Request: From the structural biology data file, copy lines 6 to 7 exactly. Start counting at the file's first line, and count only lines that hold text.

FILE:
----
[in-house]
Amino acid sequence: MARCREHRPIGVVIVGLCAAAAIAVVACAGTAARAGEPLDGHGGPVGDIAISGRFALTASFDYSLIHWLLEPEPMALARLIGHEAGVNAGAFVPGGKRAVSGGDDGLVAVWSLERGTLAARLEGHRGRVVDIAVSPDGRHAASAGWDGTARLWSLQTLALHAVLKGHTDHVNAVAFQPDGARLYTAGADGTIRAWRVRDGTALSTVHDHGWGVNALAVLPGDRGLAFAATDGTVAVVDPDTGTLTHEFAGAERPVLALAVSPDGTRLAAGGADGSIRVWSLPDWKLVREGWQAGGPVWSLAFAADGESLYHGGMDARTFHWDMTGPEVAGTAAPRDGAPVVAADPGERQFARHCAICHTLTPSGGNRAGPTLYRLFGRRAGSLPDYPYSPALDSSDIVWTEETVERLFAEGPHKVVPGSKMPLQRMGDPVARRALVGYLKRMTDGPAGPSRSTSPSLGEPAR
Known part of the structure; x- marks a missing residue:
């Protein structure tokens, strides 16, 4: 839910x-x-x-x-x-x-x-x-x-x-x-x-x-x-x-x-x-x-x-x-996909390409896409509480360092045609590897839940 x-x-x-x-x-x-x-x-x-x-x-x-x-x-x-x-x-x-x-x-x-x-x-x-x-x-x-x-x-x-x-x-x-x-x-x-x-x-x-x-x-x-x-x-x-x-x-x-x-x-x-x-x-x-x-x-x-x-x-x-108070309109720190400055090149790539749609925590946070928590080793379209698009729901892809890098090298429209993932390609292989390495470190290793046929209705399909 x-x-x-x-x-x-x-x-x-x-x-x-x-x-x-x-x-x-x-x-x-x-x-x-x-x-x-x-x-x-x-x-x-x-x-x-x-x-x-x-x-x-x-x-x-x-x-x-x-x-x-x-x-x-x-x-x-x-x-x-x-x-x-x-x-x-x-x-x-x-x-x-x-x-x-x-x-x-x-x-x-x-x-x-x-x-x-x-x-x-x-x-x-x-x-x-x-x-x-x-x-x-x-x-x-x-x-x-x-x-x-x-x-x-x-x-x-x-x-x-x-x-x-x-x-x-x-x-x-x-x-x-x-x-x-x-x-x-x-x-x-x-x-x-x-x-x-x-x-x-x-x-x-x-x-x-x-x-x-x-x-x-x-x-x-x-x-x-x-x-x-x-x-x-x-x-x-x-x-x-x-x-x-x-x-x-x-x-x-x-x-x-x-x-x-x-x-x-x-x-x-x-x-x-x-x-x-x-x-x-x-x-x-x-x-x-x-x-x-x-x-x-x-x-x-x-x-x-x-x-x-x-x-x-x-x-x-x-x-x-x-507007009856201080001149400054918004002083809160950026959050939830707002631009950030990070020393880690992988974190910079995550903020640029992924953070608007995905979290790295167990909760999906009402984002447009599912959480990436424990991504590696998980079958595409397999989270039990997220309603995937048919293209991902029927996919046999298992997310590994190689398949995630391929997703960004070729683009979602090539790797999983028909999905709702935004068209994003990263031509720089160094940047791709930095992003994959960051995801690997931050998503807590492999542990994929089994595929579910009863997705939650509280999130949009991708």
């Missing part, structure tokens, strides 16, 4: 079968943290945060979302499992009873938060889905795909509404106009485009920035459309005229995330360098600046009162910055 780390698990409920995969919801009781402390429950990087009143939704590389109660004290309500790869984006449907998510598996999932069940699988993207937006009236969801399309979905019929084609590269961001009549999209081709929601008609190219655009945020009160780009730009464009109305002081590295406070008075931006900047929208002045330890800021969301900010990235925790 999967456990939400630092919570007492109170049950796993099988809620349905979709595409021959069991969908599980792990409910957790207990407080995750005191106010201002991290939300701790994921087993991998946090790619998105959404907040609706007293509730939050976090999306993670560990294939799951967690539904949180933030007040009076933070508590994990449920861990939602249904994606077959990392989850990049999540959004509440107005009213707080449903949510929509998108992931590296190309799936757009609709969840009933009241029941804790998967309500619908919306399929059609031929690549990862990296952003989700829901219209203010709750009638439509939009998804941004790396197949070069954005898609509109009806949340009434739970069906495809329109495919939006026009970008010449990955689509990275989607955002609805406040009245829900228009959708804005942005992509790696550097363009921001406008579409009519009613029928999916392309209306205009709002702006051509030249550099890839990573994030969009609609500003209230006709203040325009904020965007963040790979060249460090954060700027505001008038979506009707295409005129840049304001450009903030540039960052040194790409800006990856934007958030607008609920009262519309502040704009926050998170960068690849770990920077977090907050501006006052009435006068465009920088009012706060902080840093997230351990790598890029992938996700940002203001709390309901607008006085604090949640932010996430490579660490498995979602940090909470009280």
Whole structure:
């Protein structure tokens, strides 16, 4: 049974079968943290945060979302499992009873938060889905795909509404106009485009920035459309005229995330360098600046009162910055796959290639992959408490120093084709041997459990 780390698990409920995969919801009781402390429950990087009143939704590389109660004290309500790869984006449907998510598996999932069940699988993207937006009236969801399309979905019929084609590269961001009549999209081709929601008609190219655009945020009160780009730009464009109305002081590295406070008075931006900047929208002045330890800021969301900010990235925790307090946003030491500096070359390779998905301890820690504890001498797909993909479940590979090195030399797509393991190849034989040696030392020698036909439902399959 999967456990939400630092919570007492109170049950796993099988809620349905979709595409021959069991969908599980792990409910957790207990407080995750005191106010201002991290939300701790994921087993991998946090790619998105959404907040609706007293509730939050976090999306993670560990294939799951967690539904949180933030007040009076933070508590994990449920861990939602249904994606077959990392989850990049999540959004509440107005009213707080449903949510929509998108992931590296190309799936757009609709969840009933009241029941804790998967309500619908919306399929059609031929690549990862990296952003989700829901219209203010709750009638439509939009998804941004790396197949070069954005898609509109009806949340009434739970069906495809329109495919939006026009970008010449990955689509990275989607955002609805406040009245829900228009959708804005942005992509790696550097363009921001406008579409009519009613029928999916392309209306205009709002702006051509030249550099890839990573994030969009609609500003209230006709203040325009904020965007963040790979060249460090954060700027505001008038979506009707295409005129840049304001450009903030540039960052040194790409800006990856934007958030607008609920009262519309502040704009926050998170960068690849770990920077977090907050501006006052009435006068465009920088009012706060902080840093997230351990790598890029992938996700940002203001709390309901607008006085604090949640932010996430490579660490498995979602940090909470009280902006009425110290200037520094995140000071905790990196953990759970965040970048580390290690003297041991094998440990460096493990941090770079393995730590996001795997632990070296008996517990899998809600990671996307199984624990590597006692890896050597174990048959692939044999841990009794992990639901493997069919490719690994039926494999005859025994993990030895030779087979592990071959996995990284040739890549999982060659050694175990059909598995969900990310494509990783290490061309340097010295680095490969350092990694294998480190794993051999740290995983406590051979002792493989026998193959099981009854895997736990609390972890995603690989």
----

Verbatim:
Whole structure:
């Protein structure tokens, strides 16, 4: 049974079968943290945060979302499992009873938060889905795909509404106009485009920035459309005229995330360098600046009162910055796959290639992959408490120093084709041997459990 780390698990409920995969919801009781402390429950990087009143939704590389109660004290309500790869984006449907998510598996999932069940699988993207937006009236969801399309979905019929084609590269961001009549999209081709929601008609190219655009945020009160780009730009464009109305002081590295406070008075931006900047929208002045330890800021969301900010990235925790307090946003030491500096070359390779998905301890820690504890001498797909993909479940590979090195030399797509393991190849034989040696030392020698036909439902399959 999967456990939400630092919570007492109170049950796993099988809620349905979709595409021959069991969908599980792990409910957790207990407080995750005191106010201002991290939300701790994921087993991998946090790619998105959404907040609706007293509730939050976090999306993670560990294939799951967690539904949180933030007040009076933070508590994990449920861990939602249904994606077959990392989850990049999540959004509440107005009213707080449903949510929509998108992931590296190309799936757009609709969840009933009241029941804790998967309500619908919306399929059609031929690549990862990296952003989700829901219209203010709750009638439509939009998804941004790396197949070069954005898609509109009806949340009434739970069906495809329109495919939006026009970008010449990955689509990275989607955002609805406040009245829900228009959708804005942005992509790696550097363009921001406008579409009519009613029928999916392309209306205009709002702006051509030249550099890839990573994030969009609609500003209230006709203040325009904020965007963040790979060249460090954060700027505001008038979506009707295409005129840049304001450009903030540039960052040194790409800006990856934007958030607008609920009262519309502040704009926050998170960068690849770990920077977090907050501006006052009435006068465009920088009012706060902080840093997230351990790598890029992938996700940002203001709390309901607008006085604090949640932010996430490579660490498995979602940090909470009280902006009425110290200037520094995140000071905790990196953990759970965040970048580390290690003297041991094998440990460096493990941090770079393995730590996001795997632990070296008996517990899998809600990671996307199984624990590597006692890896050597174990048959692939044999841990009794992990639901493997069919490719690994039926494999005859025994993990030895030779087979592990071959996995990284040739890549999982060659050694175990059909598995969900990310494509990783290490061309340097010295680095490969350092990694294998480190794993051999740290995983406590051979002792493989026998193959099981009854895997736990609390972890995603690989």